Official No:  137362    Port Number and Year:   North Shields, 1914 (SN121)

                                                                                  Sunderland, 1921 (SD90)

                                                                                  Hull, 1939 (H235)

Description: Steel side trawler, steam screw, coal burning. Ketch rigged


Built: 1914 by Joseph T. Eltring Co., Willington Quay.  (Yard no. 306)

Tonnage: 194 grt  86 net

Length / breadth / depth (feet): 115.6  / 22.0  / 11.8

Engine: T.3-cyl; 82 rhp;  by Shields Engineering Co., North Shields




22 Oct 1914: The Prince Fishing Co., Ltd., North Shields

Manager: Richard Irvin, The Fish Quay, North Shields.


22 Jul 1915: Richard Irvin & Sons, North Shields.

Manager: Richard Irvin, 'The Elms', North Shields.


8 Sep 1919: The Swansea Steam Co. Ltd., South Dock, Swansea.

Manager: Harry Eastoe Rees. (Same address.)


c.1921: Brand & Curzon, Milford.


Aug 1921: Wear Steam Fishing Co. Ltd., Fish Quay, Sunderland.

Manager: James Hall, Fish Market, Sunderland.

Oct 1921: As SD90



As H235

17 Nov 1939: Fillets Ltd., Billingsgate Chambers, Hull.

Manager: W. C. Farrow.


22 Feb 1944: The Active Fishing Co. Ltd., Fleetwood.

Managers: J. Marr & Son.


Landed at Milford: 1 Sep 1919 - 30 Aug 1921.



3 Sep 1943: On West of Scotland grounds (Sk. A.J.W. Britton), ‘dodging’ in heavy weather, lost rudder. Rigged jury rudder with otterboard and proceeded for home.
8 Dec 1945: Wrecked on Grannan Point, Lewis. Constructive total loss.

[Information supplied by the Fleetwood Maritime Heritage Trust and the Bosun's Watch website.]

Accidents and Incidents

 From the Haverfordwest and Milford Haven Telegraph of Wednesday 3rd September 1919:


    The old-time firm of Sellick, Morley and Price, steam trawler owners and managers, has now practically ceased to exist.............  A company of trawler owners and fish merchants is in course of formation to acquire the business of the ice factory ...  This will prove a great boon to the trade generally.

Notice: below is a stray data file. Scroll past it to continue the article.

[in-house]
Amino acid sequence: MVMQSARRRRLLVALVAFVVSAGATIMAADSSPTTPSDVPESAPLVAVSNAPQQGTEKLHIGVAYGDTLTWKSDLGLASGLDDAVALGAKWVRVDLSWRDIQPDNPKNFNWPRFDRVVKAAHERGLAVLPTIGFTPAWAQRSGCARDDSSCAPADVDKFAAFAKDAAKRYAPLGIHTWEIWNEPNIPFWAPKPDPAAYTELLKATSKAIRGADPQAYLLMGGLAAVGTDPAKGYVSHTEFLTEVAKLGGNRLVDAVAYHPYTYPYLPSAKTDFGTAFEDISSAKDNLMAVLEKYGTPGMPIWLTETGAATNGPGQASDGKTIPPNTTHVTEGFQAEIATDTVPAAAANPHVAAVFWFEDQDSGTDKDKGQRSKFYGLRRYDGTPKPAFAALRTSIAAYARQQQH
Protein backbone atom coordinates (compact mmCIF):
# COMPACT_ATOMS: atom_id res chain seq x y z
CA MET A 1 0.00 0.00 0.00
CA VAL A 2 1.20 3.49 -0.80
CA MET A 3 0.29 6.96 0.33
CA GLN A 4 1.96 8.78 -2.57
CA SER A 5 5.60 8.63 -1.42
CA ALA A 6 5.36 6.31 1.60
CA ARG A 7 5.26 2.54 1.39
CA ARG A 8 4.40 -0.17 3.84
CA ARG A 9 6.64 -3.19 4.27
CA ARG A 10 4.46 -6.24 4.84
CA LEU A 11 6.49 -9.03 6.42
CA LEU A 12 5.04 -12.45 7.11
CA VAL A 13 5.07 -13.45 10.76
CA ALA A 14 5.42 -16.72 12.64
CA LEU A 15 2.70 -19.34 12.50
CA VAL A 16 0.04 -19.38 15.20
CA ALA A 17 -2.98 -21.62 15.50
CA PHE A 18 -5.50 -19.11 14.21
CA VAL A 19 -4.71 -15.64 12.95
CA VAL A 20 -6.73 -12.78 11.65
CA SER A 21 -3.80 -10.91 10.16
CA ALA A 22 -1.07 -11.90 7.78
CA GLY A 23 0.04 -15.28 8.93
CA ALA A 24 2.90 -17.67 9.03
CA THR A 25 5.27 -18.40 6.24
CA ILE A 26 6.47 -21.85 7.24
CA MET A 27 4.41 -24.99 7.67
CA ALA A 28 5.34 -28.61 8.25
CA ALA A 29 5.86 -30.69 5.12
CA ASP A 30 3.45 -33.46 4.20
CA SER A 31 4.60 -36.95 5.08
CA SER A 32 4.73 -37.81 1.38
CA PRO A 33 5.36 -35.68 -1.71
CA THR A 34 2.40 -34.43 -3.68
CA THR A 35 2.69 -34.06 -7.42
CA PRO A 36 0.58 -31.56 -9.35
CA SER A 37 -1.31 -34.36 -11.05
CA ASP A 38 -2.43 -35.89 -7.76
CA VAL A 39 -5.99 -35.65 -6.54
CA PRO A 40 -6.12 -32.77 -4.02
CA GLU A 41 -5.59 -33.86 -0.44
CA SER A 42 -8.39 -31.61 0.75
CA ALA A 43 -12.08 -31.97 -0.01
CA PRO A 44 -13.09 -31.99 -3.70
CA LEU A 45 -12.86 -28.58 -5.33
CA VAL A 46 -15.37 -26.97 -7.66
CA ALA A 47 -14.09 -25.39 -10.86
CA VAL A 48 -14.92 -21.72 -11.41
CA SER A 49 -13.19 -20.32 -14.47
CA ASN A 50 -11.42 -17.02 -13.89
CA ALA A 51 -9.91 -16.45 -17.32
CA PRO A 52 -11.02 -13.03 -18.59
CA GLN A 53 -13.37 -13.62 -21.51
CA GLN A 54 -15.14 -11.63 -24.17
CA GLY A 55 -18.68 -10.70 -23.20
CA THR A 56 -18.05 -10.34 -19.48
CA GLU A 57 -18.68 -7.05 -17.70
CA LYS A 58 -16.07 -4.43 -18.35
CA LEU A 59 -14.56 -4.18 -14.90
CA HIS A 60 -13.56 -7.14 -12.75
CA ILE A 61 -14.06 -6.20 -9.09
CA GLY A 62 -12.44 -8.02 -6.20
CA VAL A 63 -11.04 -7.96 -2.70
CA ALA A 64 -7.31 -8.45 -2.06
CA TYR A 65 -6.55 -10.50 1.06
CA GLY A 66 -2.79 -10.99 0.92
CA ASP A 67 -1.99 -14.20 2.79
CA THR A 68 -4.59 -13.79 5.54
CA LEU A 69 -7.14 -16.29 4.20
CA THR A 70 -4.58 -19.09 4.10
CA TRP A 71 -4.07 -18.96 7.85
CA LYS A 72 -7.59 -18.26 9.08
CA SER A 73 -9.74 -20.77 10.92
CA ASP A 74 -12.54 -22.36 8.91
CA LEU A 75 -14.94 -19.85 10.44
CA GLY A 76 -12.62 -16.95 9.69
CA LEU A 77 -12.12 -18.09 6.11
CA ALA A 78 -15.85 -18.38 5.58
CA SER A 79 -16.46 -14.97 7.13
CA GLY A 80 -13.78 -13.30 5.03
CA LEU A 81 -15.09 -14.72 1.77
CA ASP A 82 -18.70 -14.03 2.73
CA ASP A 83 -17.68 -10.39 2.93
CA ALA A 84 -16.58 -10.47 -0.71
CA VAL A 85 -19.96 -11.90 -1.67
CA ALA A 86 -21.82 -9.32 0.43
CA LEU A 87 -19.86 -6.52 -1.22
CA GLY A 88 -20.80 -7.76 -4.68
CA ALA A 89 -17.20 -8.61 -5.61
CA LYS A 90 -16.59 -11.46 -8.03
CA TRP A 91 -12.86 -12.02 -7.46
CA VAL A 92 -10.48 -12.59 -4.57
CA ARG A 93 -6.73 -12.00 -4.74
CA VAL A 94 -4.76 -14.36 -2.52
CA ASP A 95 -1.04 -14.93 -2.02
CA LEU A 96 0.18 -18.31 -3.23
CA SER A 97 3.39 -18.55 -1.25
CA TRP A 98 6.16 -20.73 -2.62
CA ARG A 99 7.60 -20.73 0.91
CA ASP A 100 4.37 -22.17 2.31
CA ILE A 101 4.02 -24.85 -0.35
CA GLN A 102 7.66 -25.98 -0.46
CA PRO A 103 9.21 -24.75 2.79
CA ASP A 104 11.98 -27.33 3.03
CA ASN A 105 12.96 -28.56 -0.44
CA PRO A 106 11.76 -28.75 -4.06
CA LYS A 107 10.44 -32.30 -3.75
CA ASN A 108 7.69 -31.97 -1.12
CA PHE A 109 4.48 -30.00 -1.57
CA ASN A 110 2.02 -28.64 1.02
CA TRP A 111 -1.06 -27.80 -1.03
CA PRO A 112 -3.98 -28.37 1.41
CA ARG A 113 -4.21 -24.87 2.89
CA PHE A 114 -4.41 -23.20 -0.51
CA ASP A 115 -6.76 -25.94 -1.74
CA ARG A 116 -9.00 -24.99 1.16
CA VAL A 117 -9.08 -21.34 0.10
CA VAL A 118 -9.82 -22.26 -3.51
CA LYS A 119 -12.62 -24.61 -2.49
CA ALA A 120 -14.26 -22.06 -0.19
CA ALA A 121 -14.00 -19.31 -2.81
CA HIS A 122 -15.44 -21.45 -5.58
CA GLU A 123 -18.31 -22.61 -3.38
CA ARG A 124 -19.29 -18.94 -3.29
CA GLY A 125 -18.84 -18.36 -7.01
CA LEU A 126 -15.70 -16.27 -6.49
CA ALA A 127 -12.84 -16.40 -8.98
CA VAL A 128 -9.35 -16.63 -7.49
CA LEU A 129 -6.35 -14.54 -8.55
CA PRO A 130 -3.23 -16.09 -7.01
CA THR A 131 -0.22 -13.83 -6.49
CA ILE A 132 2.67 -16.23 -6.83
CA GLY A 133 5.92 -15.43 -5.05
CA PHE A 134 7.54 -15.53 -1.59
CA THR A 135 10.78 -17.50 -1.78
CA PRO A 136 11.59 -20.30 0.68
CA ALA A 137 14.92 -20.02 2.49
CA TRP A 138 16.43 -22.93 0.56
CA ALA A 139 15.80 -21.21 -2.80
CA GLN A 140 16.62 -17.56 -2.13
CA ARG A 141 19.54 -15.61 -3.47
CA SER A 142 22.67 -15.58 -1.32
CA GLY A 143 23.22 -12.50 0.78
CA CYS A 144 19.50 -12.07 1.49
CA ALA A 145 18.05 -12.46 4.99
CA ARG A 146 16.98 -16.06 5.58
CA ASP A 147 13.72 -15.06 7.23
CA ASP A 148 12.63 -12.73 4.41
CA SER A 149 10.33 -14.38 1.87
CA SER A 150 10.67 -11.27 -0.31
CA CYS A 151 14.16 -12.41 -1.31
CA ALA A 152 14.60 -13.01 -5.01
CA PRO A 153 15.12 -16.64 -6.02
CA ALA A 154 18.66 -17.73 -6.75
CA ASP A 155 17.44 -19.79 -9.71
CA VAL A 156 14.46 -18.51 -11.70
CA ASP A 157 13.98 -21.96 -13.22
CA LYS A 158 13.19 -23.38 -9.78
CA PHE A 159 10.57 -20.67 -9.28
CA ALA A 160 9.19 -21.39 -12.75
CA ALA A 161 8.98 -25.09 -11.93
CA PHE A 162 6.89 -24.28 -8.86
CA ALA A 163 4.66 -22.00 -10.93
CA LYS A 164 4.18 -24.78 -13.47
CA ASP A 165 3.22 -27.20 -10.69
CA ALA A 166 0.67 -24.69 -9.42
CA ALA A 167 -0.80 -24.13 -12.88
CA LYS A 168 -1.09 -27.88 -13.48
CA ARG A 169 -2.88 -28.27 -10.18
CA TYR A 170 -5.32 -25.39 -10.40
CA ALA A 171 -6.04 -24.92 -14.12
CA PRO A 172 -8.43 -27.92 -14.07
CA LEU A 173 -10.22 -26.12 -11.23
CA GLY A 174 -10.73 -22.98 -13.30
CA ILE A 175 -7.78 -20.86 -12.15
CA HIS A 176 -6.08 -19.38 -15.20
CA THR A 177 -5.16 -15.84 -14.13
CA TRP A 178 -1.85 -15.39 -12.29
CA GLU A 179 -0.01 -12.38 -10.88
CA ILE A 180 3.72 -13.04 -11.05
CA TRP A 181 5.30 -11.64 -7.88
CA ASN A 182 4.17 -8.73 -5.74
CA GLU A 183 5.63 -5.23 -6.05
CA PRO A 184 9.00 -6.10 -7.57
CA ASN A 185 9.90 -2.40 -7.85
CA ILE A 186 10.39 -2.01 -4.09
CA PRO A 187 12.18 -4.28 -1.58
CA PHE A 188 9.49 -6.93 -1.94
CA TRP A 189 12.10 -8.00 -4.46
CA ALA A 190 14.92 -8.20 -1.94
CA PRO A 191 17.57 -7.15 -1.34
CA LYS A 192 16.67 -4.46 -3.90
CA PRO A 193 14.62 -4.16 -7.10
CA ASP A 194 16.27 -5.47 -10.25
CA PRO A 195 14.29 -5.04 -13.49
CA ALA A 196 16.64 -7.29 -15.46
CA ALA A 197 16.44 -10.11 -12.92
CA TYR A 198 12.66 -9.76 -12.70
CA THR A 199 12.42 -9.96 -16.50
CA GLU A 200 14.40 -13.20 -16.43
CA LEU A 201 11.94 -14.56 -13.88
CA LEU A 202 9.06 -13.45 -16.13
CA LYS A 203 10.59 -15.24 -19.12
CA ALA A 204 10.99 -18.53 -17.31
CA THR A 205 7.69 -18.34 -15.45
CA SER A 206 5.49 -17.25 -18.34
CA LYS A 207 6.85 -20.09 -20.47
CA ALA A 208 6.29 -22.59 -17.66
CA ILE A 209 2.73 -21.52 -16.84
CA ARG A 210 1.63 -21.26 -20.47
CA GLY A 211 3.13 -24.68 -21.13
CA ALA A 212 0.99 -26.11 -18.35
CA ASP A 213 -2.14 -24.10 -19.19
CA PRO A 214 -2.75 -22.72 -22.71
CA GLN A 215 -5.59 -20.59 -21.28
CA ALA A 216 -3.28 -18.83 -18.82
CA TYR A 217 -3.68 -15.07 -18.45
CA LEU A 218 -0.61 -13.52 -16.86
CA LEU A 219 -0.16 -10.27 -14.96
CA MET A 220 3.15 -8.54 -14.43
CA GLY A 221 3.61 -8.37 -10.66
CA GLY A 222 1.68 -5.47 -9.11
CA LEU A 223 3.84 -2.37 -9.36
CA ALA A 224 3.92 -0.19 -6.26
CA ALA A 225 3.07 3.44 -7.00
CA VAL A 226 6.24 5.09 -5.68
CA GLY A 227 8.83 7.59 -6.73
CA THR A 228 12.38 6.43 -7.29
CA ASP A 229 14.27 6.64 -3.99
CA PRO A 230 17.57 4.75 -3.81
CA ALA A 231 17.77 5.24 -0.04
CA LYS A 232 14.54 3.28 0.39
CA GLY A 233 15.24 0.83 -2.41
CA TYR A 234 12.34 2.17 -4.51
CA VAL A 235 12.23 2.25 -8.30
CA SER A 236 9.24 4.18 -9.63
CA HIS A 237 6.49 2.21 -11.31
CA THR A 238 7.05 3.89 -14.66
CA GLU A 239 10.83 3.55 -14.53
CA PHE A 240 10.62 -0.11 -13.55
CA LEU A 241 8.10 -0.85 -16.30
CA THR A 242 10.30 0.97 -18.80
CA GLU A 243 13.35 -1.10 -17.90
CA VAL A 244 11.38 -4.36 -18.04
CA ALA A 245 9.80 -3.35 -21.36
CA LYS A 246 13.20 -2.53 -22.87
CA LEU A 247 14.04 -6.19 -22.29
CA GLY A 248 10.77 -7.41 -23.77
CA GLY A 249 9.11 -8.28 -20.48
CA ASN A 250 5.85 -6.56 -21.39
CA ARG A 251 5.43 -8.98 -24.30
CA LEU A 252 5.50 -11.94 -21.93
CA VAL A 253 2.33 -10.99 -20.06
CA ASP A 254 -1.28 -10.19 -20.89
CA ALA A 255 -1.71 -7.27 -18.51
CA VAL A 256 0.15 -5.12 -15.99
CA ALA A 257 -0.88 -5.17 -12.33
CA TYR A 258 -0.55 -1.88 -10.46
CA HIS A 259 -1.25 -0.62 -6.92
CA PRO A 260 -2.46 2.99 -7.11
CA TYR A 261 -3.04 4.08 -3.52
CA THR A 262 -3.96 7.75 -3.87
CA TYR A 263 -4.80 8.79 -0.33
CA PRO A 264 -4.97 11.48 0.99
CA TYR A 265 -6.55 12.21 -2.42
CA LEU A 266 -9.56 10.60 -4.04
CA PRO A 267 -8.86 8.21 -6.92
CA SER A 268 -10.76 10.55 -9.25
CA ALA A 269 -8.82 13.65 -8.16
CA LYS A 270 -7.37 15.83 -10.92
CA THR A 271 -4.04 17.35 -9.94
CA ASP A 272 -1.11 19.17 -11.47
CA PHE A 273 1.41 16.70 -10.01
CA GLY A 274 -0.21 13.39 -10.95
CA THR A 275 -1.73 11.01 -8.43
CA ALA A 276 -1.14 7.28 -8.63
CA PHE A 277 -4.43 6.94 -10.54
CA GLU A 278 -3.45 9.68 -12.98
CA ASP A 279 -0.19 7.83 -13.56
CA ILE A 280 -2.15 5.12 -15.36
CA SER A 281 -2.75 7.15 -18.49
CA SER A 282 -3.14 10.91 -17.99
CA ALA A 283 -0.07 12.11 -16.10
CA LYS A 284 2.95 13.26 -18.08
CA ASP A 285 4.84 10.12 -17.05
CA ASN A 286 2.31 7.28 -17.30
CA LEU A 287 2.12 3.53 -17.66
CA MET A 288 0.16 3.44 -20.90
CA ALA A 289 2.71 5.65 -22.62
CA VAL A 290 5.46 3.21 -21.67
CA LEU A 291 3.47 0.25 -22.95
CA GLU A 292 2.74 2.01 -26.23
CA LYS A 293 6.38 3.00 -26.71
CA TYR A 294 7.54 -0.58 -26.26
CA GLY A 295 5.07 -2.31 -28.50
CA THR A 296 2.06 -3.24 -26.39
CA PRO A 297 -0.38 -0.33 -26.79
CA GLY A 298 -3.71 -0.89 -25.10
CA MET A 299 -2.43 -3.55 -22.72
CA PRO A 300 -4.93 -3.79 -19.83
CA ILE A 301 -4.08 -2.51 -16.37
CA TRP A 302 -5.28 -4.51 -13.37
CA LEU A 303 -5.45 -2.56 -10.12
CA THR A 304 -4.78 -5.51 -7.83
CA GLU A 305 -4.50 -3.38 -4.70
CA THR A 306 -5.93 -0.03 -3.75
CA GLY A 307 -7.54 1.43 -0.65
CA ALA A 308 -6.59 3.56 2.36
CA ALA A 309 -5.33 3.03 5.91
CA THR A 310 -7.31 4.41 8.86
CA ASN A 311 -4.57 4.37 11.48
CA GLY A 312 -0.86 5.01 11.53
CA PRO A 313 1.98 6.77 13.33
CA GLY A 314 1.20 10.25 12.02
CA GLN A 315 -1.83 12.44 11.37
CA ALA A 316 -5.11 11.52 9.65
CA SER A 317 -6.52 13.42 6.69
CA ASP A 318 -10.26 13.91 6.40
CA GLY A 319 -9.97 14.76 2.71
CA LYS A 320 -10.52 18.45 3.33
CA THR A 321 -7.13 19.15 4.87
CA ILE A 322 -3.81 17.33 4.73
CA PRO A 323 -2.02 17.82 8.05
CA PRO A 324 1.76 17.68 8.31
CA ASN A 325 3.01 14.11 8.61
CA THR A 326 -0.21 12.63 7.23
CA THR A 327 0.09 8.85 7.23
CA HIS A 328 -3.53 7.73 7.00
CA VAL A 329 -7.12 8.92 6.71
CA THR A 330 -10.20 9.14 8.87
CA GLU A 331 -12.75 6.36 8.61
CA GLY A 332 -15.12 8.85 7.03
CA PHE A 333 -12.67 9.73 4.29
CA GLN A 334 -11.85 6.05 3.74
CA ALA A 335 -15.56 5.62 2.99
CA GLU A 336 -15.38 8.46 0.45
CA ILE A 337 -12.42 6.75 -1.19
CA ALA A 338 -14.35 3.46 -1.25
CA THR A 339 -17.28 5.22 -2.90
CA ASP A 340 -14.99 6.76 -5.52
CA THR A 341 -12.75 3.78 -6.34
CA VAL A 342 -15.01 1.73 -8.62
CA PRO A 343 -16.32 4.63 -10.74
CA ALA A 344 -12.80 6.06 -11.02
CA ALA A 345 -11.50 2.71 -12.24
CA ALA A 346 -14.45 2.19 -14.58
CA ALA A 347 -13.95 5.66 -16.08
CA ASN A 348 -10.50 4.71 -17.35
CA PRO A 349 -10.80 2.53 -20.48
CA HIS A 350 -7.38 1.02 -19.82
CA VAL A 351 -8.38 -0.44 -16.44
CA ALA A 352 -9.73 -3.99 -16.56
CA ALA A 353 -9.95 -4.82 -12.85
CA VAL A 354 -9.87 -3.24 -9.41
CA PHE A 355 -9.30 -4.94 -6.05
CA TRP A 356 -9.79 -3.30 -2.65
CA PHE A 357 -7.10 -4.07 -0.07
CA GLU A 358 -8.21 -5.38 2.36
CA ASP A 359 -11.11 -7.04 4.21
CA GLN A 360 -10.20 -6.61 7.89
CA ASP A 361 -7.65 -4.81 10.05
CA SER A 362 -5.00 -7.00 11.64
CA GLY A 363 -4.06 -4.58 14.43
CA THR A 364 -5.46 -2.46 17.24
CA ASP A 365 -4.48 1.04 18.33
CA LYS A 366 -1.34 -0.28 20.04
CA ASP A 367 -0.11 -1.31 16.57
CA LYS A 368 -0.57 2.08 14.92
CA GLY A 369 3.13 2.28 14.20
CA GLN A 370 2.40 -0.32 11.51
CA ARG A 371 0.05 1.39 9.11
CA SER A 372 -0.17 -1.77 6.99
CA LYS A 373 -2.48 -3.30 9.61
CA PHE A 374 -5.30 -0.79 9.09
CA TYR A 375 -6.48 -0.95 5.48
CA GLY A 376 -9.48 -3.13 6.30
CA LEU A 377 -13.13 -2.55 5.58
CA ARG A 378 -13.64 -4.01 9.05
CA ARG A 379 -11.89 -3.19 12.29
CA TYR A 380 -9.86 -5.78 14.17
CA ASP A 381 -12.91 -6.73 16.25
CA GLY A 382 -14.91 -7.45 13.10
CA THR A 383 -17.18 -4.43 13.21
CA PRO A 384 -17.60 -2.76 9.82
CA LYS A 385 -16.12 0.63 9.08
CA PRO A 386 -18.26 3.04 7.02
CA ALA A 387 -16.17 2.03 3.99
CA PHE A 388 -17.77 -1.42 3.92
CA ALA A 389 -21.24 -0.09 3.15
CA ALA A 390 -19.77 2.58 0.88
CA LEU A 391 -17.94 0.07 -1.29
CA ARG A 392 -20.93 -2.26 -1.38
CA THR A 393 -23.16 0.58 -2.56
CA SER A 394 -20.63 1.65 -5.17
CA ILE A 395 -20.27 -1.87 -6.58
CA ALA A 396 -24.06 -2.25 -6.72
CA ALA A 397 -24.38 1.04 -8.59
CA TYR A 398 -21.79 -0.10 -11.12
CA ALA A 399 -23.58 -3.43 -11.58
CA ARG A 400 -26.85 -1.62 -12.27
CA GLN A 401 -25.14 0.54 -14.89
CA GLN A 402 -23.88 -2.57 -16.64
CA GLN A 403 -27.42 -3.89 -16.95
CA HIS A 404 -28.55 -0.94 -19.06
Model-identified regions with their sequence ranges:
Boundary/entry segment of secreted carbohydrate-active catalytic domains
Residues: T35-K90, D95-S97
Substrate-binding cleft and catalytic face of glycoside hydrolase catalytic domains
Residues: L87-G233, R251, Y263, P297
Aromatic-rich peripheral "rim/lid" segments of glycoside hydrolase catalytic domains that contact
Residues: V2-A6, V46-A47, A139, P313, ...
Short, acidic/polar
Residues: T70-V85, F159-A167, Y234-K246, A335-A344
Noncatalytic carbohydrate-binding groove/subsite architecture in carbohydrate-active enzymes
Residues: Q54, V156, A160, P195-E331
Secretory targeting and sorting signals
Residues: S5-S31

Another new firm with a future is Messrs. Rees & Co., who also has interests in Swansea.  The number of vessels under their management is increasing.  The latest arrived yesterday, being the Southern Prince.



From the West Wales Guardian of Friday 18th March 1921:



Pinned Under a Trawl Board


       Late of Monday night, Jospeh Boyle (23), a native of Donegal, Ireland, who was employed as fireman on board the "Southern Prince", a steam trawler belonging to Messrs. Brand and Curzon, was found on Milford Docks pinned beneath a trawl board, weighing between 8 cwt. and 10 cwt.  He was extricated and conveyed to Dr. Williams's surgery, and as he was apparently suffering from some serious internal injury, the doctor ordered his removal to the Nursing Home, where he died a few hours later.

    The Coroner (Mr. H. J. E. Price) held an enquiry into the circumstances attending the fatality at the Sessions Rooms, Milford Haven, on Wednesday.

    Sidney Coleman, of Plymouth, a deck hand on the trawler "Brodie", said the first time he met deceased was at closing time (10 o'clock) at the Earl Kitchener on Monday night.  Deceased was the worst for drink, and could not stand.  They went to Swainson's chip shop together.  Deceased said he intended spending the night at the Mission.  Witness left him in the chip shop, and proceeded to the other chip shop at the top of the street, where he went in for some chips and faggots.  About half an hour later witness went down to the Docks to go on board his ship.  There was a policeman at the main gate, and witness said "Good night" to him, but he did not know who the officer was.  Witness's ship was outside ship at the Bristol Ice Factory.  After going through the Dock gates, a watchman walked behind witness for some distance.  Witness heard a groan, and struck a match to investigate, when he saw a man's feet and boots peeping out from beneath a trawl board.  Witness tried to lift the trawl board off the man, but failed.  The watchman came along with his lamp.  When they removed the trawl board witness found that the man underneath was deceased.  Deceased spoke, but they could not make any sense out of what he said; he appeared to be still under the influence of drink.  They called out the night watchman at the ice factory, and went for the police for the stretcher.


    The Coroner said he found that deceased died as a result of injuries accidentally received by a trawl board falling upon him. It seemed to him that this practice of allowing these boards to be indiscriminately scattered about the Docks was a very extraordinary thing, and should be put a stop to. ...............



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